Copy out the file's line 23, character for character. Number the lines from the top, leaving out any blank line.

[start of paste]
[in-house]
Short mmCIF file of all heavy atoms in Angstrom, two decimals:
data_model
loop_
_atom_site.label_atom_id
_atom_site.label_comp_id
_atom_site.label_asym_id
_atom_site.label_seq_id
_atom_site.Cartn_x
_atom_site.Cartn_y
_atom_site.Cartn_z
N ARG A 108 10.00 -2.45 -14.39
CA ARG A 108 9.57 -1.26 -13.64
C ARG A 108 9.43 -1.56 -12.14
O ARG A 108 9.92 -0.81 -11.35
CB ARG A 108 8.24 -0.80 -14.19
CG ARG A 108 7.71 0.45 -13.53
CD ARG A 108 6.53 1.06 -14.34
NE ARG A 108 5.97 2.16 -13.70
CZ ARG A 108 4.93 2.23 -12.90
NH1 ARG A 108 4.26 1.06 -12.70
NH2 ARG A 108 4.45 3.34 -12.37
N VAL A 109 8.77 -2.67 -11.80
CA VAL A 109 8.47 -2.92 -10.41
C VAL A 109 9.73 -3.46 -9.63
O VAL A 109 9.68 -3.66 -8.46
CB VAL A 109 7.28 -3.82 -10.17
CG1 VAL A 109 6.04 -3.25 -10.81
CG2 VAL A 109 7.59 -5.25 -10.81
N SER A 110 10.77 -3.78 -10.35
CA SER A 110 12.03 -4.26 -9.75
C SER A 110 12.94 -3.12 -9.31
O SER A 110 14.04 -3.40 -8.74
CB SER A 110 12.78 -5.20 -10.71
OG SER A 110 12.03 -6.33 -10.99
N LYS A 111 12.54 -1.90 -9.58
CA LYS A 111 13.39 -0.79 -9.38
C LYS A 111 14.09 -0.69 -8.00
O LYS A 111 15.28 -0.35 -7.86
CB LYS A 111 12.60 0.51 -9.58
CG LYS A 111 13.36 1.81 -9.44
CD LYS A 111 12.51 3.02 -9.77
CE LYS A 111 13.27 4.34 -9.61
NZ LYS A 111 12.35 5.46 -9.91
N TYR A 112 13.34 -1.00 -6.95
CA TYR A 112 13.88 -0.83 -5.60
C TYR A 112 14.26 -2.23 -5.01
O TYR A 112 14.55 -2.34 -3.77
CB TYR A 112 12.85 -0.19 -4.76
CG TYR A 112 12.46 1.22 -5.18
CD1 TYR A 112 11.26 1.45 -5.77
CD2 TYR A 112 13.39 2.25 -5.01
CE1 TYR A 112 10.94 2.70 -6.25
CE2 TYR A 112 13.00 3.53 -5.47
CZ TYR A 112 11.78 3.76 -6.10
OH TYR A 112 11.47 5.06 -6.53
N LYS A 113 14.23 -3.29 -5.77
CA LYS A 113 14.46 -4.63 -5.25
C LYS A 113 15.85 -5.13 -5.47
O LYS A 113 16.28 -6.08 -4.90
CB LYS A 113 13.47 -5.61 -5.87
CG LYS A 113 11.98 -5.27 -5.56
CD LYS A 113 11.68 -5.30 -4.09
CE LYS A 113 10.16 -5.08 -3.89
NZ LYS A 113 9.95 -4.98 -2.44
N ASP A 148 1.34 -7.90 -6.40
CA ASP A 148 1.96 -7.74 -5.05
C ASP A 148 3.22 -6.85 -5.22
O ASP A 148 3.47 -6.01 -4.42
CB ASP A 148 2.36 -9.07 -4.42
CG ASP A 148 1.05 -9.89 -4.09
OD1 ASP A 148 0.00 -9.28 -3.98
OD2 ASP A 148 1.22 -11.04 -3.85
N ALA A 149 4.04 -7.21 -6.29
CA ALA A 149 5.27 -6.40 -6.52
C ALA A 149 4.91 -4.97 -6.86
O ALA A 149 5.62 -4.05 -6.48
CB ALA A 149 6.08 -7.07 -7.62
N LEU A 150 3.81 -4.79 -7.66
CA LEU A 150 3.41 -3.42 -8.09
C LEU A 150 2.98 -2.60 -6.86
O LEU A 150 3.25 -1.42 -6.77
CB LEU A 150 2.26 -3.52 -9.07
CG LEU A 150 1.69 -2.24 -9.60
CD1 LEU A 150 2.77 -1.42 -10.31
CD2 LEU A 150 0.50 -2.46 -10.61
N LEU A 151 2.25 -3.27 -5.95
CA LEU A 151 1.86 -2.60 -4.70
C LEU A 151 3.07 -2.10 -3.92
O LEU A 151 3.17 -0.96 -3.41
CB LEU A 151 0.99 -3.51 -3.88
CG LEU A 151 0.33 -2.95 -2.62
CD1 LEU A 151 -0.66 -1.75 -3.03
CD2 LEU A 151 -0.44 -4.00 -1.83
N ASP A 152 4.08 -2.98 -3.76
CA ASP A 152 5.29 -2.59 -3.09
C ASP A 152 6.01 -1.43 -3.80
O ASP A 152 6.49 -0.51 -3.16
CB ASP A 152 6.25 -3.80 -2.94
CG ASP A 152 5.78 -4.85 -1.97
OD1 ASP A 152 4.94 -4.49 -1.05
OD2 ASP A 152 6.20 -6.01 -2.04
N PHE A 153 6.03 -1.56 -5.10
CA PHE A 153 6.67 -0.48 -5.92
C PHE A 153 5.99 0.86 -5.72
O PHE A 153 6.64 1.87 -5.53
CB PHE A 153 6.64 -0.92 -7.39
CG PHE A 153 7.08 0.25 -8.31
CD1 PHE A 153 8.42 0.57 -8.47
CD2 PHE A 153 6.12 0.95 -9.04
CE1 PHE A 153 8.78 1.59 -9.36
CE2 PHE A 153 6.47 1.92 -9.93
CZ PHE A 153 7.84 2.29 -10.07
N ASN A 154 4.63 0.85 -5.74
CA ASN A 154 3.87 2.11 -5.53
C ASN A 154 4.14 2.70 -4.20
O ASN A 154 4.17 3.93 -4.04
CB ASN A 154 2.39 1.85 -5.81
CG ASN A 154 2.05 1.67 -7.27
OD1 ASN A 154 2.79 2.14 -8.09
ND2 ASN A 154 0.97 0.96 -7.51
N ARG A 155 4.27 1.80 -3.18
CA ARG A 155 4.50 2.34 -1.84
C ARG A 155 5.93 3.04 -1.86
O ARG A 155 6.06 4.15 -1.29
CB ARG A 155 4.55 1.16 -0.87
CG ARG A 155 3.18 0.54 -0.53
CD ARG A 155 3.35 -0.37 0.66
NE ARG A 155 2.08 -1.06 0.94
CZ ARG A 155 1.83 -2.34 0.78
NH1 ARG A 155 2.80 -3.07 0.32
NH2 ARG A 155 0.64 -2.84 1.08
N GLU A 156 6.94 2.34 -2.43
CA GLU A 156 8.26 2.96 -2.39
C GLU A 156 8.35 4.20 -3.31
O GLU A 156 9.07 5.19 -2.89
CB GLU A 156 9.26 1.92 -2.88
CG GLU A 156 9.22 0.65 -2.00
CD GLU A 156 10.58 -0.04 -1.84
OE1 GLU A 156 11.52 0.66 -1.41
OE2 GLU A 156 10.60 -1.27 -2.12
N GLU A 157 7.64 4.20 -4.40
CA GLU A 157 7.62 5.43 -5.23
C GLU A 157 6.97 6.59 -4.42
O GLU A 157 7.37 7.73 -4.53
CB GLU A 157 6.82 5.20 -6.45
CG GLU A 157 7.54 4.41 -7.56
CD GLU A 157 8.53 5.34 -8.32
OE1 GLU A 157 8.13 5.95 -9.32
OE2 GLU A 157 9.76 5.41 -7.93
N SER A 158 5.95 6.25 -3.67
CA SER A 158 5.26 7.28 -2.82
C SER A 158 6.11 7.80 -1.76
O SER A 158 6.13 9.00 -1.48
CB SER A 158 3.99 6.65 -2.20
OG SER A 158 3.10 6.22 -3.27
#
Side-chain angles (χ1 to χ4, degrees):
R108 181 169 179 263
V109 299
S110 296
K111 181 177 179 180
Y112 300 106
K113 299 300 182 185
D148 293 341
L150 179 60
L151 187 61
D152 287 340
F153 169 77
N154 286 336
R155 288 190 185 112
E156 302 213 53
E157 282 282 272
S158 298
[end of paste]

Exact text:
N VAL A 109 8.77 -2.67 -11.80